Neighbors say renovating Philly's Divine Lorraine is key to developing North Broad Street
March 1, 2012By Elizabeth Fiedler
It's a magnificent piece of architecture. It's something that could not be duplicated today and if it could be saved that would be great because these are the sorts of buildings and monuments that really speak to the history of the city and to our past and what this neighborhood was at one time.
—Penelope Giles, Francisville Neighborhood Development Corporation
Philadelphia has many vacant old buildings, but few inspire as much speculation and awe as the Divine Lorraine.
In 2006, an investor group bought the 1894 building with plans to rehab it. Instead, the economy tanked and the owners now owe the city $1.4 million in back taxes.
Many still think it could spark a transformation of its section of north Broad Street.
Standing in the shadow of the Divine Lorraine, Ben Leech, the director of advocacy at the Preservation Alliance of Greater Philadelphia, sizes up the great dilapidated hulk.
"When you see it, you know exactly where you are," Leech said. "It defines a streetscape. It embodies the history of North Broad and of the city."
Leech remembers the first time he saw the Divine Lorraine: "I was coming down Ridge, and I just see this thing at the end of the horizon."
Leech says here's just something special about this huge graffiti-covered shell, one of the oldest apartment buildings surviving in the city, a grand structure.
"It was designed by Willis Hale, who was a contemporary of Frank Furness," said Hale. "He was sort of the architect of choice for the nouveau riche who were making North Broad sort of the 'it' neighborhood. He's sort of famous for this really over-the-top sort of Victorian 'more is more' style of architecture that's really ornate."
Leech says the building's rich history, too, lends it significance.
"It was built as the Lorraine Apartments and then evolved into a hotel," said Leech. "By the 1940s, it was purchased by Father Divine, who's this sort of controversial, really interesting, figure in sort of the early days of the Civil Rights Movement. He purchased it for use as a non-segregated hotel for his followers and others, but it was one of the integrated hotels in the city, one of the first in the country, really, for a high-class hotel."
Leech and others think the Divine Lorraine's rehabilitation could kick-start a renaissance in this part of Philadelphia. A glance south on Broad Street and there's City Hall. Just north of the Divine Lorraine is Temple University. And as development has crept up Broad toward the dilapidated building, many have hoped the Divine Lorraine's time would come.
And it's not just preservationists and history buffs talking.
Sean Curry works with the Francisville Neighborhood Development Corporation as maintenance coordinator. "Basically we just keep the neighborhood clean," Curry said. "That's my job."
Looking up at the Divine Lorraine, the lifelong neighborhood resident remembers the building's better days. "I grew up in Holiness Church, and we used to have our banquets down here," Curry said. "I also used to visit here for Sunday dinners. They had two restaurants here and the grand ballroom. I've actually stayed in the hotel about three or four times."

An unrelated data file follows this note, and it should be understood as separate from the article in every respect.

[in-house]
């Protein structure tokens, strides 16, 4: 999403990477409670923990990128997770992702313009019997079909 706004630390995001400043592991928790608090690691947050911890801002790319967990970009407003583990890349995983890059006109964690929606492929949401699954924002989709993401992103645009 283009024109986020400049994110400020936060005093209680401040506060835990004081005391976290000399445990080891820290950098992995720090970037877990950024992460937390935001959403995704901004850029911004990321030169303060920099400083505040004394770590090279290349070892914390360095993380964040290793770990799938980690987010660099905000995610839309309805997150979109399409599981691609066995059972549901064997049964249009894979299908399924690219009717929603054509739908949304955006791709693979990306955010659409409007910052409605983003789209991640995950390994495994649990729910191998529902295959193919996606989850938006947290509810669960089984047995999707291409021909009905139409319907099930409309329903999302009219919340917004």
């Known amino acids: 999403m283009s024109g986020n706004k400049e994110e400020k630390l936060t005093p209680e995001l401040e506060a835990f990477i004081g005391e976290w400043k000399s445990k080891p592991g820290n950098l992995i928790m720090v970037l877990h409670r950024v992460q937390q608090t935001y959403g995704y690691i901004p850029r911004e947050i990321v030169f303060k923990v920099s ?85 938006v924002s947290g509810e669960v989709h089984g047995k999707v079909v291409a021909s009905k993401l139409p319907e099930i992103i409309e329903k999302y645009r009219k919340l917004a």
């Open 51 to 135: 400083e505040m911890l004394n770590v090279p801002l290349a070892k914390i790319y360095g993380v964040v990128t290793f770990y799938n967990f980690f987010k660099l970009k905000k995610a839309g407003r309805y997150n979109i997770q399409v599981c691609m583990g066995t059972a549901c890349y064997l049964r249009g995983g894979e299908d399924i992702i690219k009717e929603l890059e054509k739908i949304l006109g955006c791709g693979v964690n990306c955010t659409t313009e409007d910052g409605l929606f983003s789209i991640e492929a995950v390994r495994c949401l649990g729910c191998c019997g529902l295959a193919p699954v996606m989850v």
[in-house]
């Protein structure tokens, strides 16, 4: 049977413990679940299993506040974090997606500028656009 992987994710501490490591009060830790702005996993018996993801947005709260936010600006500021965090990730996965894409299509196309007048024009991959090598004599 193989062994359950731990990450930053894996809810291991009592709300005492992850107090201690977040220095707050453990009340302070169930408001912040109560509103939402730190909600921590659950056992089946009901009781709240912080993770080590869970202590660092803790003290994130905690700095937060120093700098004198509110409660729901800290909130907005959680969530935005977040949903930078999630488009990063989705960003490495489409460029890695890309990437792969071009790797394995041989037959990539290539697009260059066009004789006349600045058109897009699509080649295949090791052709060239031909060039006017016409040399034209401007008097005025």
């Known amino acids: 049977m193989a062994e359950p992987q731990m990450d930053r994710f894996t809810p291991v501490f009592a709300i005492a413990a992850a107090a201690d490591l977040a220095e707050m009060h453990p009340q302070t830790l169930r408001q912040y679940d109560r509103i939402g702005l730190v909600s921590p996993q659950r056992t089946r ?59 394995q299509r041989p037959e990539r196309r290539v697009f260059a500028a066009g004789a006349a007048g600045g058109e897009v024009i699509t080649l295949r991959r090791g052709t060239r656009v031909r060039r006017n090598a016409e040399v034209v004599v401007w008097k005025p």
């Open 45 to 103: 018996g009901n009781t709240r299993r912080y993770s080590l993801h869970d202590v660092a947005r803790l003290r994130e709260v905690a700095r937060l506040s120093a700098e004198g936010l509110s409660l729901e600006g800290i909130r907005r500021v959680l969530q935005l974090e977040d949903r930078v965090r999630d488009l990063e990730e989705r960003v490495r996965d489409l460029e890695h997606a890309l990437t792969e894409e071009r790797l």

Curry says it was quite grand even then. "I tell you it was just like another world to me," he said. "Just the fixtures alone, just the architecture. I just wish it was still open."
Even Mayor Michael Nutter used a recent speech to the Greater Philadelphia Chamber of Commerce to say that transforming the Divine Lorraine is a priority.
Frank Robinson would like to see that. He works for a social services organization called People for People, and he gets to see the Divine Lorraine everyday.
"We are just up the street from the Divine Lorraine, yes," Robinson said. "Just such a beautiful structure, but it's sad. We've been praying for something to happen. This is the gateway. This is the key to everything North Philadelphia, Northwest, so it would definitely change the plight of this neighborhood."
Running out of time
Robinson says for years he's watched the building move in the wrong direction. Now graffiti covers much of the boarded-up building.
The Preservation Alliance of Greater Philadelphia's Ben Leech, says this building has not reached the point of no return — yet.
"There should be a real sense of urgency that if we don't act now it might not have much more time," said Leech.
"This beautiful building is at the mouth of our corridor," said Penelope Giles, executive director of Francisville Neighborhood Development Corporation. Giles was born and raised in the neighborhood and says a renovated Divine Lorraine could attract new residents to the city.
"It's a magnificent piece of architecture. It's something that could not be duplicated today and if it could be saved that would be great because these are the sorts of buildings and monuments that really speak to the history of the city and to our past and what this neighborhood was at one time."
After some tough times, Giles says the opening of new restaurants and other development in the area shows it's moving in the right direction.
"You know the cycle," Giles said. "When neighborhoods begin to lose their value, they begin to gain blight and crime and all of those things that make it even harder to revitalize a neighborhood."
Giles says the neighborhood's proximity to Center City, access to public transportation and other positives are already gaining attention from people who want to move back into the city.
The bank that financed the last deal for the Divine Lorraine is entertaining offers from new developers.